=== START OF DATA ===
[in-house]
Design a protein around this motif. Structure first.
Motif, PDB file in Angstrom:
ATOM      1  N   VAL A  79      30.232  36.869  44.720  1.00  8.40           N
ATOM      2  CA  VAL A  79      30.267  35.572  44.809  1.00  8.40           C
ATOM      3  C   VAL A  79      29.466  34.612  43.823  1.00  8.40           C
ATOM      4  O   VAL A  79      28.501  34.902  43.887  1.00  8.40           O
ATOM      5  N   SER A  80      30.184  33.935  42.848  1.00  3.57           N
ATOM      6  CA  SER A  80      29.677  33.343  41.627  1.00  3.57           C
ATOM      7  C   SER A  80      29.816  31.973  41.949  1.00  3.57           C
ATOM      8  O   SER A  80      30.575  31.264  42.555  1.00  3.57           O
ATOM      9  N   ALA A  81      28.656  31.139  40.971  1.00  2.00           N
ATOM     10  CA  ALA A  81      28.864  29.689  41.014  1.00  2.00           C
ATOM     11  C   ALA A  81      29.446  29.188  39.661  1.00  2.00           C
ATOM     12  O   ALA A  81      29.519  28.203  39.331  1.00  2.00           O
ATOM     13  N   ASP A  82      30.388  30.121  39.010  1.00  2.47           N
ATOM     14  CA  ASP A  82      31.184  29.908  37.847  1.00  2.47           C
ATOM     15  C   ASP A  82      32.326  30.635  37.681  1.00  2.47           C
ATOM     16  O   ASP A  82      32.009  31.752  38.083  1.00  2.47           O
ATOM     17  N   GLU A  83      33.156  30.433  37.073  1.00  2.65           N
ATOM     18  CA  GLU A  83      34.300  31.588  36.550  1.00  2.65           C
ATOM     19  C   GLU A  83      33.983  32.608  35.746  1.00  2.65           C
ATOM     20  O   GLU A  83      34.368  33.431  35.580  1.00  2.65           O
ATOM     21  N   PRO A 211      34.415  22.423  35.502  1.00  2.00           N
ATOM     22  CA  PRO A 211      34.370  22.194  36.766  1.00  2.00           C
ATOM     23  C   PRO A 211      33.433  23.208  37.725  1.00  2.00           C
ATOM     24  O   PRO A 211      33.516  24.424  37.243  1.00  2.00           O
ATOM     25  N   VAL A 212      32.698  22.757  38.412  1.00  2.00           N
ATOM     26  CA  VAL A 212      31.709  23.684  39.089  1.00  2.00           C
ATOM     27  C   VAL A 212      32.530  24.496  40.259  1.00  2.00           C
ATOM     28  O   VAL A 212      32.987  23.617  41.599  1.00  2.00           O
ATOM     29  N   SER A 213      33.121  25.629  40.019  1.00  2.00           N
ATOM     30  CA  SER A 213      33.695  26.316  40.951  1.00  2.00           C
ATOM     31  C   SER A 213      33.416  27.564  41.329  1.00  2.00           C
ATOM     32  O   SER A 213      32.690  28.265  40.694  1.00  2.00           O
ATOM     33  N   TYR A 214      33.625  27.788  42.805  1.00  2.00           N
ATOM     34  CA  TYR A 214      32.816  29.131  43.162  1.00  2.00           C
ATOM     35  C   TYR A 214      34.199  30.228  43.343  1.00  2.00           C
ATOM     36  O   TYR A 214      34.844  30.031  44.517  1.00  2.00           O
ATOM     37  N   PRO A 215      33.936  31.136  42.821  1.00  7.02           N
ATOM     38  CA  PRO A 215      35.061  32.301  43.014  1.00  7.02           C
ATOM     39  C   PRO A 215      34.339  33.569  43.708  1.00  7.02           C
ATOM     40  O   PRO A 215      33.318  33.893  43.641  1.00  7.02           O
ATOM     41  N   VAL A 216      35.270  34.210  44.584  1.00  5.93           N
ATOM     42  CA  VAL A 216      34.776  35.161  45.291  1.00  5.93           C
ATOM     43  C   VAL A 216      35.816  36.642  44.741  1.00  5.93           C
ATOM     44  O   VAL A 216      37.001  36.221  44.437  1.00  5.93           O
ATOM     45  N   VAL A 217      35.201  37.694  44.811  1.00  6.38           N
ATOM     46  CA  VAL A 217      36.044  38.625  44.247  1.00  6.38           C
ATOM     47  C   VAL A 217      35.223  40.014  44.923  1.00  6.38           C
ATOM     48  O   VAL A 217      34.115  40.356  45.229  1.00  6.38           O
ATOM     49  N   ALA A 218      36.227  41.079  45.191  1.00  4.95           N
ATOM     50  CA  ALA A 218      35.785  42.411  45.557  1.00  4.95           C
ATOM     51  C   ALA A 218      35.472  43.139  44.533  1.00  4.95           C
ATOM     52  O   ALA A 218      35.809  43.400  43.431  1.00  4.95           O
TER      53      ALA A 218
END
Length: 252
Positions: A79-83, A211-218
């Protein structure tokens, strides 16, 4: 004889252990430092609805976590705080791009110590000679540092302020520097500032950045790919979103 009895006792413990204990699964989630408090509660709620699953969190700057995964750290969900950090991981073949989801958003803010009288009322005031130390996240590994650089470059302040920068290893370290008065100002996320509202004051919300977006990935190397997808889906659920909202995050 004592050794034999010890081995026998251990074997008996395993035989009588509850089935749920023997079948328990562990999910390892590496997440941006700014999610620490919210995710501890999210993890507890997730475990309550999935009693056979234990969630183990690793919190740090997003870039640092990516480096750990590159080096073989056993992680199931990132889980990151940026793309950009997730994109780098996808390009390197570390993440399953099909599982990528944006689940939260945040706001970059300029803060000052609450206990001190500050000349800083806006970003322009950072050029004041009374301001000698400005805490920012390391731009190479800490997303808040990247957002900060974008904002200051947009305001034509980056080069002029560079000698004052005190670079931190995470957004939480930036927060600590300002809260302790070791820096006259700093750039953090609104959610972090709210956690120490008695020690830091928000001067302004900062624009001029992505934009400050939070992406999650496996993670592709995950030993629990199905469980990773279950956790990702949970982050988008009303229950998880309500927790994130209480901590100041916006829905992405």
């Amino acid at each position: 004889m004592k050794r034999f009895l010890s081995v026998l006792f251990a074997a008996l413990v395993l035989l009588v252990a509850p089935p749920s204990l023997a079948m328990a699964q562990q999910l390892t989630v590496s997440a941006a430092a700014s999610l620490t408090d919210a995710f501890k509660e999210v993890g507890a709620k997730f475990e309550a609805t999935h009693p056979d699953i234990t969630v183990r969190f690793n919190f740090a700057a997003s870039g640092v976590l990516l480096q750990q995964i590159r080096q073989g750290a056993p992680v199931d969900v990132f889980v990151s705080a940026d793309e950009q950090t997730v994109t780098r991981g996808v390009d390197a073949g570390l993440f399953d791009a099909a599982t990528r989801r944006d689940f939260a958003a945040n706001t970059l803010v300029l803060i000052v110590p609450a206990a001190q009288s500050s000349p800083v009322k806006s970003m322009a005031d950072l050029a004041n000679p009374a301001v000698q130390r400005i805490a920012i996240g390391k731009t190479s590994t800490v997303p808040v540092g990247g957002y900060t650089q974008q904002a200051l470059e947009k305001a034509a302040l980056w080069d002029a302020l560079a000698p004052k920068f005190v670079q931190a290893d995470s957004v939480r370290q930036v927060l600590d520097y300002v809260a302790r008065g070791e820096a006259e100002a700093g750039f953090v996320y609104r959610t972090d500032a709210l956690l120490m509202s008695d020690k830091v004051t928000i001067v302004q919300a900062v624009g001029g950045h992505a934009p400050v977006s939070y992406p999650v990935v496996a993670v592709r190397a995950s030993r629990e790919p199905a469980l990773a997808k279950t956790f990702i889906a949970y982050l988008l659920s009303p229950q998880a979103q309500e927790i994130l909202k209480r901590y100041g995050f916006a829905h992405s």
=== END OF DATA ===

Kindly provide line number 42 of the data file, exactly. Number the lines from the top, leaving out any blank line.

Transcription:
ATOM     39  C   PRO A 215      34.339  33.569  43.708  1.00  7.02           C